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Covid-19 Primary Care Resources


Contraception



Updated FSRH guidance during the third Covid-19 lockdown

This information is sourced from the Faculty of Sexual and Reproductive Healthcare (FSRH):

Service provision

FSRH guidance published on 21st January 2021 details these services as essential during a third Covid-19 lockdown in the UK and beyond January 2021:

  • Emergency contraception (oral and IUD)
  • Provision of new and ongoing contraception including LARC
  • Contraception provision for vulnerable groups 
  • Management of complications with existing contraception including LARC
  • Abortion and post-abortion care
  • Post-pregnancy contraception including LARC
  • Sexual assault care

These essential services should be delivered via remote/digital consultation (phone, video or online), and face-to-face where clinically necessary and/or feasible

Local services should adopt a flexible, realistic approach and inform the local commissioner if they no longer have capacity to provide LARCs so that resources are diverted to those who can

Clinical guidance

Emergency contraception  (EC)

  • Remote assessment for EC should be prioritised so that EC can be offered as soon as possible
  • Insertion of an IUD for EC should continue to be offered first line to qualifying individuals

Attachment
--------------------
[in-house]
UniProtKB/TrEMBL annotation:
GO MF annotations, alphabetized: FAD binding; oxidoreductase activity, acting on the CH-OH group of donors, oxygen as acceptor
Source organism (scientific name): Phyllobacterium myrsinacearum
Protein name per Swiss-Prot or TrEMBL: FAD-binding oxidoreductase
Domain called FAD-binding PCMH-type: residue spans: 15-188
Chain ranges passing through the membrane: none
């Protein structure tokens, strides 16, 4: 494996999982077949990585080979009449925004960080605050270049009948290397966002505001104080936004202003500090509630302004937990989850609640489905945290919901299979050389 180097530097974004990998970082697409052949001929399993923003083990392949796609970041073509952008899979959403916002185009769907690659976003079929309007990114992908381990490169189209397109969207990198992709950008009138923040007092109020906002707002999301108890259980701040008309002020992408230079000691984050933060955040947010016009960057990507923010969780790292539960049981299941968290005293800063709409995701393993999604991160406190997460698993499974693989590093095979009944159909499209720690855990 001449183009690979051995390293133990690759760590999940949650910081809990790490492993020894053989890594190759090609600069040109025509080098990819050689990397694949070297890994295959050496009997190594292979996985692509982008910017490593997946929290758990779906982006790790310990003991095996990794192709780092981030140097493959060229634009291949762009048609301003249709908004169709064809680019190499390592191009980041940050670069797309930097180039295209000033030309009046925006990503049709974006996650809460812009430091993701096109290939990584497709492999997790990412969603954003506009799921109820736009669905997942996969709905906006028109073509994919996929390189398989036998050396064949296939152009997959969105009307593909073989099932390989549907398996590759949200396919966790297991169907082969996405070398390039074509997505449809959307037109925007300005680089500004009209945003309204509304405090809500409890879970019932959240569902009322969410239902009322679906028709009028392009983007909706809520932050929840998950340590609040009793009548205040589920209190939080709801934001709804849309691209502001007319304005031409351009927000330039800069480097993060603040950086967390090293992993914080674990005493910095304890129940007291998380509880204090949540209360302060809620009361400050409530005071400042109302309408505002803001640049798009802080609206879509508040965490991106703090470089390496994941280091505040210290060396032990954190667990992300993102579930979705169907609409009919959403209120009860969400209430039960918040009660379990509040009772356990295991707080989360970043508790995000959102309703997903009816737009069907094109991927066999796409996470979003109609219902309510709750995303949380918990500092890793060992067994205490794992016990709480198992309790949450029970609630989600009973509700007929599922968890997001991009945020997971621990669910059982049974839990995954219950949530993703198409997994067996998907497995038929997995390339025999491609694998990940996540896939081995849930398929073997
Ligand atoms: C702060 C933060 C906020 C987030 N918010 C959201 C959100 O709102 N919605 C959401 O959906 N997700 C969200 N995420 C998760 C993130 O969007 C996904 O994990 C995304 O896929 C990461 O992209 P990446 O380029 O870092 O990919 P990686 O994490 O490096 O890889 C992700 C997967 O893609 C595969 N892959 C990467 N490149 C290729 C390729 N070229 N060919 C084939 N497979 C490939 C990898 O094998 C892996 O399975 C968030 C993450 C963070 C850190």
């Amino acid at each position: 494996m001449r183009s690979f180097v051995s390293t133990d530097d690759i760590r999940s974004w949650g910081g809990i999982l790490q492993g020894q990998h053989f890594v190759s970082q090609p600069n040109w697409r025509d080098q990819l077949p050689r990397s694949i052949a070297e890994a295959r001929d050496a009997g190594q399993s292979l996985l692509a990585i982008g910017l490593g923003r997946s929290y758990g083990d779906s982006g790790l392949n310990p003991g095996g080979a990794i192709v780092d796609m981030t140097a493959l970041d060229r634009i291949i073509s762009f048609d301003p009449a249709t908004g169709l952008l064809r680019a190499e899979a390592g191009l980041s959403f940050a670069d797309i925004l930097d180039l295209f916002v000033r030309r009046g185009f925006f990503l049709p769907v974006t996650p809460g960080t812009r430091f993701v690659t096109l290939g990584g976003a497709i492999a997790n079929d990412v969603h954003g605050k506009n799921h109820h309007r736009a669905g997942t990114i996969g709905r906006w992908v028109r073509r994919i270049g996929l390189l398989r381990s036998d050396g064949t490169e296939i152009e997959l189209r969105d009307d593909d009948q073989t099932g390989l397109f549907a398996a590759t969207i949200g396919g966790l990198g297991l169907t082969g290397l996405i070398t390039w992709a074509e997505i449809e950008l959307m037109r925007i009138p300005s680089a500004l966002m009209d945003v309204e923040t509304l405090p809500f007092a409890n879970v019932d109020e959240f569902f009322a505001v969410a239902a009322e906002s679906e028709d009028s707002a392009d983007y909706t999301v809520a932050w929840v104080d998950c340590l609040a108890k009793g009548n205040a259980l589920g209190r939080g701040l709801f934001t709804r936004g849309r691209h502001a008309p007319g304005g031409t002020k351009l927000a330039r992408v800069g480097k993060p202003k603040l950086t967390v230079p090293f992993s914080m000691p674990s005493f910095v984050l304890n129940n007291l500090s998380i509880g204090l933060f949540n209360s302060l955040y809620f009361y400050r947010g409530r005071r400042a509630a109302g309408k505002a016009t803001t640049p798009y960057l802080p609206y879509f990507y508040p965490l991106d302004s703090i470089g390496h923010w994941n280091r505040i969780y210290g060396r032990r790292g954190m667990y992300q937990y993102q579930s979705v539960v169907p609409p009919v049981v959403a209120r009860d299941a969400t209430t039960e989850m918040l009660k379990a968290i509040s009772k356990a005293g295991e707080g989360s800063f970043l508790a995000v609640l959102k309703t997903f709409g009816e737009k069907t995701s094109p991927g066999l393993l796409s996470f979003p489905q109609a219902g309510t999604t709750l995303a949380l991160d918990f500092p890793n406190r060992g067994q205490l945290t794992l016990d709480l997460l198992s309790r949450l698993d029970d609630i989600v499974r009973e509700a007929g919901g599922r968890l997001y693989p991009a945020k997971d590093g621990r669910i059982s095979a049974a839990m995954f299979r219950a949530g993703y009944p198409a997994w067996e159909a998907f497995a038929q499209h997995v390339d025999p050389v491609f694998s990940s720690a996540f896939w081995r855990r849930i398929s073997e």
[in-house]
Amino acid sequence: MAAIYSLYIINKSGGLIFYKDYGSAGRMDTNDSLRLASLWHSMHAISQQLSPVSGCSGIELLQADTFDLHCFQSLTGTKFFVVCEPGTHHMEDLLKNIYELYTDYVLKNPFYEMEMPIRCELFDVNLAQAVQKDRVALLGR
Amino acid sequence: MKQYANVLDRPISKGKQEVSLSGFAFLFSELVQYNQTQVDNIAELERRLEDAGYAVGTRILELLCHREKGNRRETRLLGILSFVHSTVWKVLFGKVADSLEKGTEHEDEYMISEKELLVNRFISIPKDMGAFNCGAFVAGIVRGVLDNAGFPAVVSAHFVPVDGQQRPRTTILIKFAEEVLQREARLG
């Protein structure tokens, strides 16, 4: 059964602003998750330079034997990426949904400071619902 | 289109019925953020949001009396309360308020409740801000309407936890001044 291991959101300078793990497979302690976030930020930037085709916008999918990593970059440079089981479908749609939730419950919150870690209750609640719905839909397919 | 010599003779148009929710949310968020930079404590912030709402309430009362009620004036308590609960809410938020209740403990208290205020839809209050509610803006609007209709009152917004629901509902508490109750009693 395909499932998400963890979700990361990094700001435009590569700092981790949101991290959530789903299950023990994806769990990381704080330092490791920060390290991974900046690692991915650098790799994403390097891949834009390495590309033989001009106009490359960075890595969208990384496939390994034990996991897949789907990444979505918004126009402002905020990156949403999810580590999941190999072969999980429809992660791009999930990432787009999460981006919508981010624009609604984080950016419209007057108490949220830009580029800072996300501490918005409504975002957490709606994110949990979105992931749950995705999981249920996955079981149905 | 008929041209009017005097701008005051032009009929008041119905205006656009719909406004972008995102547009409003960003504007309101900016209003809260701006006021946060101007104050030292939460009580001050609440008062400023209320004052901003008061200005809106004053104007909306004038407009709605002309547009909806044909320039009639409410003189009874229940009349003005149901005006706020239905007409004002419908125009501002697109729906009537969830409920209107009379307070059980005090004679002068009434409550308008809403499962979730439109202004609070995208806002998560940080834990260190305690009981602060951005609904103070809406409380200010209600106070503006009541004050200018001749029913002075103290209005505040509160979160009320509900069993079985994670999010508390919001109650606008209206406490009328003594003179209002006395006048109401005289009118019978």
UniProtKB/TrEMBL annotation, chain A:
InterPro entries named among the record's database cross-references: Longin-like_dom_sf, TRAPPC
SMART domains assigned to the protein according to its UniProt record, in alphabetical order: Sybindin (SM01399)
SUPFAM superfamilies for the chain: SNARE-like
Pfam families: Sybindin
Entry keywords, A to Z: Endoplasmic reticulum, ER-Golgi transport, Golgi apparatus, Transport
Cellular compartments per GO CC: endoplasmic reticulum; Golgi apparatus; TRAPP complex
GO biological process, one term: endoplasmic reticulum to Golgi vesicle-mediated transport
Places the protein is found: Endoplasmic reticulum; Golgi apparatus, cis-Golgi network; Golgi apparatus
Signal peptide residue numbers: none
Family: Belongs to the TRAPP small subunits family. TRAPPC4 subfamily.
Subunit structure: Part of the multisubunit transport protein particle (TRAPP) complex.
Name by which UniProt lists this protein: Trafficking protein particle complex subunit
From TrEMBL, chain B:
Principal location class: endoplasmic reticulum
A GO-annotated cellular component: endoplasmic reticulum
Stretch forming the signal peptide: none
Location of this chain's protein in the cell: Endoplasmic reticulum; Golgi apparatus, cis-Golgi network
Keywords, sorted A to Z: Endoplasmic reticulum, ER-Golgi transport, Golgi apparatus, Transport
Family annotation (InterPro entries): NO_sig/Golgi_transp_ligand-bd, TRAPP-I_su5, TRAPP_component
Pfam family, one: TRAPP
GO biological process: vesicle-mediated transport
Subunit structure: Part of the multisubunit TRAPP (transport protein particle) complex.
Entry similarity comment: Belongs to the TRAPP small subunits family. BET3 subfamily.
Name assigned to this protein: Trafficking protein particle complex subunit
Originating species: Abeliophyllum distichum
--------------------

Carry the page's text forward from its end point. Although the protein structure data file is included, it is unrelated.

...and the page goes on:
• If there is a delay prior to Cu-IUD insertion, immediate oral EC should be given in addition
  • For individuals who do not meet the criteria for emergency IUD insertion, or who decline this option, remote assessment should be undertaken to identify the most appropriate oral EC
  • They should receive both oral EC and a 3-month supply of desogestrel POP plus clear written/digital advice about additional contraceptive precautions, when to start the POP, and follow up pregnancy testing
  • Postal delivery of oral EC should be avoided (to avoid delay) and either electronic prescribing or a ‘click and collect’ system encouraged
  • If POP is not acceptable, CHC may be quick started by eligible individuals in this situation

Combined hormonal contraception

  • Clinical history must be assessed and information given about risks, benefits and contraceptive effectiveness
  • An accurate blood pressure and BMI measurement should have been documented within the past year – these may be self-reported during Covid-19 restrictions
  • A one-year supply of combined oral contraception, Evra or SyreniRing may be given
  • Nuvaring can only be dispensed three months at a time

Progestogen-only pill

  • The desogestrel POP is ideal for remote provision as no physical examination (e.g. blood pressure) is required
  • POP is an ideal bridging method
  • It can be used safely by most individuals and is over 99% effective for contraception if taken correctly
  • A one year supply may be prescribed for eligible individuals
  • It is hoped that the desogestrel POP may be bought from pharmacies without prescription in the near future

Depot medroxyprogesterone acetate DMPA (Depo Provera and Sayana Press)

  • DMPA can routinely be repeated at 14-week intervals without requirement for additional contraceptive precautions or pregnancy testing
  • If the interval is >14 weeks but there has been no UPSI since 14 weeks, DMPA may be given, with advice to use condoms for 7 days